KAMPALA – Concerned citizens have called on the government to regulate the rate at which the private sector finances politics because it in turn kills the public interest of service delivery.
This was during the symposium on political financing in Uganda organized by the Alliance for Finance Monitoring (ACFIM) at Imperial Royale Hotel.
Mr. Henry Muguzi, CEO of ACFIM told the press that there has been an interplay between the private sector and the financing of politics in Africa.
He says that the private sector has been complaining for sometime that when the campaign period comes, they get a lot of requests to support political parties and candidates and that some of the political parties come threatening them that “you don’t support us, you will not survive tomorrow”.
“But also as citizens our concern has been that when we see private businesses funding political parties and candidates that win, even when they would have depleted their profits during the campaign period, afterwards they get to land very mega deals from government and these often results into shoddy work,” he said.
According to him, the private sector plays a lot of influence in determining who goes through as elected leader in a country where politics is so monetized.
Muguzi adds that they have realized that the private sector can’t thrive in Africa if they don’t have political backing which results into shoddy work and loss of public money because the government wants to pay back.
“We are saying these are all done without transparency because as citizens, we don’t get to know what they talk about but all we see are deals being cut.”
He says that by supporting political parties, business people do so for purposes of getting public contracts because the government is the source of all forms of bigger contracts.
“They get these contracts in a manner that defies all public procurement rules and regulations and what they deliver often isn’t what we feel provides value for money.”
Mr. Mukunda Julius, ED – The Civil Society Budget Advocacy Group (CSBAG) noted that it is very important to ensure that they regulate how businesses get into financing politics because they can limit how much money is collected in terms of revenue.
“If you can see clearly, most people who get tax exemptions are rich people, which means that they have the capacity to finance whoever is giving these exemptions which limits how much money we get as a country.”
“Also, corruption and theft. 60% of our country’s budget is on procurement services. It means that rich people can be able to influence and finance those people who are giving contracts so that they get contracts themselves and whether they do shoddy work, nobody is going to ask them,” he added.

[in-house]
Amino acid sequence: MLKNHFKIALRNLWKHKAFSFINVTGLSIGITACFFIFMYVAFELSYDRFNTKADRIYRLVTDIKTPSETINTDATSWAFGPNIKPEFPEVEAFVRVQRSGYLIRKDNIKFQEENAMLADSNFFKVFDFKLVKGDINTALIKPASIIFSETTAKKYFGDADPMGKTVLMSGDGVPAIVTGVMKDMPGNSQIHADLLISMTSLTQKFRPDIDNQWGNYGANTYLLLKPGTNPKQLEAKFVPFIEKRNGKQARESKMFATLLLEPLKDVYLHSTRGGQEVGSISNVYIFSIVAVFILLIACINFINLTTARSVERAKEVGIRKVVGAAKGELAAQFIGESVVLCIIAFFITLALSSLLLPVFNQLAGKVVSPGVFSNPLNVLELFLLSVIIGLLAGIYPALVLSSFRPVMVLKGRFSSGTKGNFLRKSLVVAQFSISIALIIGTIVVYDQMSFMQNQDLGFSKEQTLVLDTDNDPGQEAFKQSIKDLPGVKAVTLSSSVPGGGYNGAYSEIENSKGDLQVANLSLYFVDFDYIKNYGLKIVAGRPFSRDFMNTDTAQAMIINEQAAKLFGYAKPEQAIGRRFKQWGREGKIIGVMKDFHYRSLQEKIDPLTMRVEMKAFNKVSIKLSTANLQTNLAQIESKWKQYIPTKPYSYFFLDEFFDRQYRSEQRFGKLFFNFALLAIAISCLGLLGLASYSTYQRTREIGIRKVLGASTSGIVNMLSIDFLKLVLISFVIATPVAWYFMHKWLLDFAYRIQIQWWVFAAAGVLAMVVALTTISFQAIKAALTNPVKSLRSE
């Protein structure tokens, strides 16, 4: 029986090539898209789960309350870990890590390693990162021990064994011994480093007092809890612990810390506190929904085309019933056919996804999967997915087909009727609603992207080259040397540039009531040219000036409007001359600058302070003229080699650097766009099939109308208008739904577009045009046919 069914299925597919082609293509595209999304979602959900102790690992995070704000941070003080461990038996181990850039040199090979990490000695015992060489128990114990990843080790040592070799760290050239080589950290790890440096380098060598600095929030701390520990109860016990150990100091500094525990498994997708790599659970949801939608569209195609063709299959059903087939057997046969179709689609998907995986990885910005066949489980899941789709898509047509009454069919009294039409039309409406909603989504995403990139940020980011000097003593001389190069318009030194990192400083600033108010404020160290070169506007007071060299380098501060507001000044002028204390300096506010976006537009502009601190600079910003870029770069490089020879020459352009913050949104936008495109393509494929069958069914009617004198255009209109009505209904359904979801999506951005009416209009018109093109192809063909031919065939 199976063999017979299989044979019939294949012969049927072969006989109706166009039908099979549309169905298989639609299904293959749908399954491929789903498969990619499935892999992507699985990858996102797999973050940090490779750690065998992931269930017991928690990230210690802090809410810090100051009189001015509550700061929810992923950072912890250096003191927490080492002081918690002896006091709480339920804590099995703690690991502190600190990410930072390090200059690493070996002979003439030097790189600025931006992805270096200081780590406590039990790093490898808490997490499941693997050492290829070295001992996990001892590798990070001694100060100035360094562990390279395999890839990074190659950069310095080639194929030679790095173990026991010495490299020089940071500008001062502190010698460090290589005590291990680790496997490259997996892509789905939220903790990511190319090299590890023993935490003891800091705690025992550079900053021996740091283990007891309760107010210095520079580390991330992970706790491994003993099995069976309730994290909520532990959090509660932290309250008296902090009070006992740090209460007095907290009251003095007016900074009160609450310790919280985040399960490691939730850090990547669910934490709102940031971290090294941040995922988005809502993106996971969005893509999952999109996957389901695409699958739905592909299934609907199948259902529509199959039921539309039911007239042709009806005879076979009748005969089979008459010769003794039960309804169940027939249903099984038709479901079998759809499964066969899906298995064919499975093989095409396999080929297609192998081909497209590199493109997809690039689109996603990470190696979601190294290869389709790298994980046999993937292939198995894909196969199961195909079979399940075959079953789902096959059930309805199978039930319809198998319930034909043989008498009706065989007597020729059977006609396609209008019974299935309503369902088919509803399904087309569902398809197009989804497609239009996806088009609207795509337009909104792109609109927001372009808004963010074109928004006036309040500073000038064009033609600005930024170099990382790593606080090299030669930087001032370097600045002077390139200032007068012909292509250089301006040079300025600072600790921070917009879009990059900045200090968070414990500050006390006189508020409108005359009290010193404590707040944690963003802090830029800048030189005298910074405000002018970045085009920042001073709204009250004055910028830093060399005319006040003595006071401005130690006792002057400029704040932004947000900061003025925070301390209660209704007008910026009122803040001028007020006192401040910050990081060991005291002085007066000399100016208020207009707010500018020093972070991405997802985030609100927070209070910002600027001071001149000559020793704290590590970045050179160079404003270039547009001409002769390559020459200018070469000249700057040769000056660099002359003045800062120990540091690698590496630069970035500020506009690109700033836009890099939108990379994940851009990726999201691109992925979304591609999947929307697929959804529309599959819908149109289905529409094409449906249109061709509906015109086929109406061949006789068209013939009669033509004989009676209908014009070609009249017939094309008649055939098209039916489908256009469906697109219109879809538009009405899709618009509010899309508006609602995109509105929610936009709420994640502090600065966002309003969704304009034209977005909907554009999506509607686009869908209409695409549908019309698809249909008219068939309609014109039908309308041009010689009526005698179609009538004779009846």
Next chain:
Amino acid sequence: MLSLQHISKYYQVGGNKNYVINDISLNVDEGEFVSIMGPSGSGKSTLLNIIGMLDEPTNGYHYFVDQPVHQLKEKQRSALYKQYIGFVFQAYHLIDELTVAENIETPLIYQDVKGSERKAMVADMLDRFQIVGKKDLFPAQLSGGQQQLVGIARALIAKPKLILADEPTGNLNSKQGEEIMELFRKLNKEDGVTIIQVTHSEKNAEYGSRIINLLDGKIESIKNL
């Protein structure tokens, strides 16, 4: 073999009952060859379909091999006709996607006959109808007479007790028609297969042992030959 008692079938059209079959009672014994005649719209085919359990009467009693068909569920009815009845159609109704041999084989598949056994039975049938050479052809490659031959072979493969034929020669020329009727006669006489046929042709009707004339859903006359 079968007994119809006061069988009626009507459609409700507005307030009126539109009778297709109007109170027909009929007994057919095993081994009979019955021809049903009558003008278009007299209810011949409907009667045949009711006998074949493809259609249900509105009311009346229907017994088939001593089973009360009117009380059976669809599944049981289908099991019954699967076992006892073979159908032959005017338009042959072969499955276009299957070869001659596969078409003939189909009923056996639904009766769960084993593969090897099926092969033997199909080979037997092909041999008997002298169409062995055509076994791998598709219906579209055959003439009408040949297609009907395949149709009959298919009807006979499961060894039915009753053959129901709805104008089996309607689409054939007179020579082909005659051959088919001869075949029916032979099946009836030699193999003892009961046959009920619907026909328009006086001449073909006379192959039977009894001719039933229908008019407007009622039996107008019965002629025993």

Mr. Mukunda also warned that unless the vice is regulated, “you will end up getting a foreign person financing a political party and take over a country, at the end of the day, for example, the oil we have been talking about in Bunyoro is taken over by another party that has got its own agenda, they sell all the oil and we remain folding hands.”
Giving a keynote address, Dr. Walyemera Daniel – Lawyer and Political Finance Expert noted that it is important for the public to know the source of money for each and every political party.
“If it’s coming from the US Embassy, let them tell us so that we know that if Hon. Robert Kyagulanyi is saying certain things, he is possibly being influenced by wherever he got the financing. It will be transparent and everybody will know what is influencing his decision making and then we will take him on because his interests are not in the US but in Uganda.”
“You can use examples of dirt money in South America where mafias have taken over some of the decision-making in the government because there is no regulation of that money and how it comes into governance.”
Unless it’s done, Dr. Walyemera warned that traffickers and drug dealers will finance politicians who will then take orders from these criminal syndicates.
Issa Ssekitto, the spokesperson of Kampala City Traders Association-KACITA said that “It is a big challenge that has reduced many things because of favoritism, discrimination, none payment of taxes and awarding of tenders to incompetent people.”
“We are strongly audited out of business deliberately. Companies have fallen out of business because of monopolization that is deliberately and politically initiated,” he decried.
He said that although it is good to have money in politics, it is dangerous once not regulated.
“It is good to have incentives but do we qualify them politically or economically?”
Mr. Ssekitto revealed that most of the Parliamentary committees will not buy your idea no matter how valid it may be unless it is backed with financial support.